By David Joel Miller.
How many ways are you standing in the path of becoming successful?
Some people rack up a lot of successes in life, other people find that mostly they fail. Successful people always have a few failures. But if you find that mostly your life has been a string of failures with few successes you may want to look at what is causing that. There are some habits, which some people have, that we sometimes call self-sabotaging. Some people are able to snatch defeat from the jaws of victory. If you find that the dominant theme in your life is failure, you may be engaging in some of these success preventing behaviors.
You blame others for your failures.
The road to success involves taking a lot of personal responsibility. If you find that when you fail you are always blaming someone else, your lack of looking at your own part in these failures may be creating a repeating pattern.
You spend a lot of time doing things you don’t care about.
To be successful you have to put in the work. Doing the practice that is required to develop skills takes time. If you find that you are spending a lot of time to doing things that aren’t important and you don’t really care about, you are wasting valuable practice time on things that don’t add to your success.
You let your fears keep you from trying.
It’s possible to try and fail. But you will fail at 100% of the things that you don’t try to do. You will never have any big successes if you let your fears keep you from trying things in the first place.
You make a big deal out of your failures.
The more time you spend focusing on the things you fail at, the less time it leaves you for planning and executing possible successes. Don’t stay focused on the things that didn’t succeed. Devote your energy, your time and your thinking on planning for the projects of the future.
You spend a lot of time regretting the past.
People whose life theme is failure spend a lot of time rehashing the past. To increase your success percentages, focus your time on planning for the future and work on your projects in the present.
You constantly worry about future.
It’s important to consider the future, to plan for it and to plan for all eventualities. But there’s nothing you can do today but today’s work. Worry doesn’t keep you safe. Working, planning and preparing for the future increases your chances of success.
You can see the negative in everything.
The pessimist sees the negative everywhere they look. Pessimists don’t create grand successes. If you spend all your time focused on the negative, you have no time to create a positive.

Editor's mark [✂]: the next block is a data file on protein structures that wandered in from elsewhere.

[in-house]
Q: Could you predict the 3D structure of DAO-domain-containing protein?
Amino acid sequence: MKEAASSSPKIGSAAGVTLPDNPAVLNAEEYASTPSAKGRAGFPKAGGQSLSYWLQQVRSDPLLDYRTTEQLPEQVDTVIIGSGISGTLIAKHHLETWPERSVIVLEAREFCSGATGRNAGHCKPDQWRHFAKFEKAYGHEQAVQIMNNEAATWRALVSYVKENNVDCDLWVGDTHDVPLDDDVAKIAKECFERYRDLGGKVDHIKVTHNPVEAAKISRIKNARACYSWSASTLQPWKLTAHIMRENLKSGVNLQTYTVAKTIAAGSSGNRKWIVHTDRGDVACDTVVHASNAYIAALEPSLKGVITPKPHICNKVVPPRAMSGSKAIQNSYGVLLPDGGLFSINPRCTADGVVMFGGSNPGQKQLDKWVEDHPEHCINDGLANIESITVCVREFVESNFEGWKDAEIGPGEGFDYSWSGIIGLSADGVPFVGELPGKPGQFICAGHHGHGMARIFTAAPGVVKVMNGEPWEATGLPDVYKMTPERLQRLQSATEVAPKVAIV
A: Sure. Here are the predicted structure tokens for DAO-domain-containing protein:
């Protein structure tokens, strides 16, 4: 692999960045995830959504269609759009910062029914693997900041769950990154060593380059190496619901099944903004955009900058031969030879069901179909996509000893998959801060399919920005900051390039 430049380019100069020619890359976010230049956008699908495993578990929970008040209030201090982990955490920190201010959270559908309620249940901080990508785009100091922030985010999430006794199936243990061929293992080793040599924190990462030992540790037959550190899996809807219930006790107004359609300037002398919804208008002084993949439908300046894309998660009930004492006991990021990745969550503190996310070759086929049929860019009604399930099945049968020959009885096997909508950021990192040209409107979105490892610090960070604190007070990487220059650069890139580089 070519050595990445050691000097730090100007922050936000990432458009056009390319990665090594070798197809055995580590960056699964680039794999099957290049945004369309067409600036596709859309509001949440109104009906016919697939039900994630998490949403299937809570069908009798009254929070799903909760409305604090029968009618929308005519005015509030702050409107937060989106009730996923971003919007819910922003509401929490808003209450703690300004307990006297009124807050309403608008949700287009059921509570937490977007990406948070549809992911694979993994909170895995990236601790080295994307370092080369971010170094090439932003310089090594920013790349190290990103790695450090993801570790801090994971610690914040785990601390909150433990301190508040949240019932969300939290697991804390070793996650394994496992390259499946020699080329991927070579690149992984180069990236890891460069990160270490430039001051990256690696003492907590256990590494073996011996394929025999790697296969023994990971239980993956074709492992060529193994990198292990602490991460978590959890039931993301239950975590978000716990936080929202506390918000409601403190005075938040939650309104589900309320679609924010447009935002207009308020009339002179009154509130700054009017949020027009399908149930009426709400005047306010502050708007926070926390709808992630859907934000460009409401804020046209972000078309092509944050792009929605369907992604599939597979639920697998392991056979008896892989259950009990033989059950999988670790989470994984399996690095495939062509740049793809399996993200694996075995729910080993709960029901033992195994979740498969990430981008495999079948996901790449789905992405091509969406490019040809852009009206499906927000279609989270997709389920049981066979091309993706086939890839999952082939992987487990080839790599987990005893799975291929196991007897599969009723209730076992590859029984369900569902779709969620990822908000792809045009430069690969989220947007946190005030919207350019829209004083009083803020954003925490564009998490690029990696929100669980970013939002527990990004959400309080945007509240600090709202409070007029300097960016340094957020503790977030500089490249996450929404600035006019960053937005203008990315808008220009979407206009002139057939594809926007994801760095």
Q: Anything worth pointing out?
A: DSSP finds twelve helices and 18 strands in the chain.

You try to please everyone all the time.
Trying to please everyone all the time is playing to the lowest common denominator. You can’t please everyone. Innovative ideas require taking chances. If you are creative few people will have thought of your idea before you. Successful people get off the beaten track and do new novel things.
You believe goals are waste of time.
If you believe that goals are a waste of time you are not going anywhere. Successful people have goals to direct their path. The goals keep you from spending most of your time wandering aimlessly. If you don’t know where you’re going you won’t recognize it when you get there. Is your failure to plan a planning for failure?
You have forgotten how to have fun.
If the life you live is a life of drudgery, nothing will make you feel successful. Life has its ups and its downs. Make sure that you enjoy the journey or you will arrive at the destination worn out from the road.
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For more about David Joel Miller and my work in the areas of mental health, substance abuse and Co-occurring disorders see the about the author page. For information about my other writing work beyond this blog check out my Google+ page or the Facebook author’s page, up under David Joel Miller. Posts to the “books, trainings and classes” category will tell you about those activities. If you are in the Fresno California area, information about my private practice is at counselorfresno.com. A list of books I have read and can recommend is over at Recommended Books